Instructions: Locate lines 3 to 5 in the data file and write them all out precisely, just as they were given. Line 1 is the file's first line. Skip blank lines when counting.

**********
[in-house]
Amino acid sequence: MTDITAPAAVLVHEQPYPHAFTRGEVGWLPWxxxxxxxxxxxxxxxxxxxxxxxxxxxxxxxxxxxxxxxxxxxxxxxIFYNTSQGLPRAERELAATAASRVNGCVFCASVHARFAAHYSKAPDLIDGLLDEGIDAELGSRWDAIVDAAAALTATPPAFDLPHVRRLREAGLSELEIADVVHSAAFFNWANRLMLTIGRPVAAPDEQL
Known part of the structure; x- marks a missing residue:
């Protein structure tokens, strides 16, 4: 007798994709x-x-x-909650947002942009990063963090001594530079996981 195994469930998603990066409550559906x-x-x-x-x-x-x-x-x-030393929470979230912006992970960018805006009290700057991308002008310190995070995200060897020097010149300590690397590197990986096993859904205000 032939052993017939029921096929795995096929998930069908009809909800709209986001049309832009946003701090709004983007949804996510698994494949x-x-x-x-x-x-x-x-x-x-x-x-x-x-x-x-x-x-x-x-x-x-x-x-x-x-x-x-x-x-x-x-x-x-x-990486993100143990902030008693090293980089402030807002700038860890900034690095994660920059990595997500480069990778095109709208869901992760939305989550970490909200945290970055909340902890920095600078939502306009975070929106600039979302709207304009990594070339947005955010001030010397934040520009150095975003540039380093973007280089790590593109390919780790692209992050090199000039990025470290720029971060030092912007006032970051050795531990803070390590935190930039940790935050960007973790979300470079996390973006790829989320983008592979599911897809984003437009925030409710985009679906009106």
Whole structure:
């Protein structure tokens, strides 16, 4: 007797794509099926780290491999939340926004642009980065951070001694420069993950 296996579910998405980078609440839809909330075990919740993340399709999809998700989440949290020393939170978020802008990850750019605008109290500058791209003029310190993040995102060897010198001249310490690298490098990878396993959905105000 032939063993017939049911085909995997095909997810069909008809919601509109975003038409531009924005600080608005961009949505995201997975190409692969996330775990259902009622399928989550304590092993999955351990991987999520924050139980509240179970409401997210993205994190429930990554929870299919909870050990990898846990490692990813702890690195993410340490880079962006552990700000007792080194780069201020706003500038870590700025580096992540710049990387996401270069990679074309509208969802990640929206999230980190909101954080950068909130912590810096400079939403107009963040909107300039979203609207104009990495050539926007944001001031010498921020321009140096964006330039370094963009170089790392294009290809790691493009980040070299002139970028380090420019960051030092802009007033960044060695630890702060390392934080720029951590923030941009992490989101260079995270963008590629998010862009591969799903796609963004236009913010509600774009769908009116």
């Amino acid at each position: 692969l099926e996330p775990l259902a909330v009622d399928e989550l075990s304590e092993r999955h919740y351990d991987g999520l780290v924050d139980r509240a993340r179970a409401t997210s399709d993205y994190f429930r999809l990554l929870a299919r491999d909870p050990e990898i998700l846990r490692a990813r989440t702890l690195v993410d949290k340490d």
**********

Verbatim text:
Known part of the structure; x- marks a missing residue:
């Protein structure tokens, strides 16, 4: 007798994709x-x-x-909650947002942009990063963090001594530079996981 195994469930998603990066409550559906x-x-x-x-x-x-x-x-x-030393929470979230912006992970960018805006009290700057991308002008310190995070995200060897020097010149300590690397590197990986096993859904205000 032939052993017939029921096929795995096929998930069908009809909800709209986001049309832009946003701090709004983007949804996510698994494949x-x-x-x-x-x-x-x-x-x-x-x-x-x-x-x-x-x-x-x-x-x-x-x-x-x-x-x-x-x-x-x-x-x-x-990486993100143990902030008693090293980089402030807002700038860890900034690095994660920059990595997500480069990778095109709208869901992760939305989550970490909200945290970055909340902890920095600078939502306009975070929106600039979302709207304009990594070339947005955010001030010397934040520009150095975003540039380093973007280089790590593109390919780790692209992050090199000039990025470290720029971060030092912007006032970051050795531990803070390590935190930039940790935050960007973790979300470079996390973006790829989320983008592979599911897809984003437009925030409710985009679906009106």
Whole structure: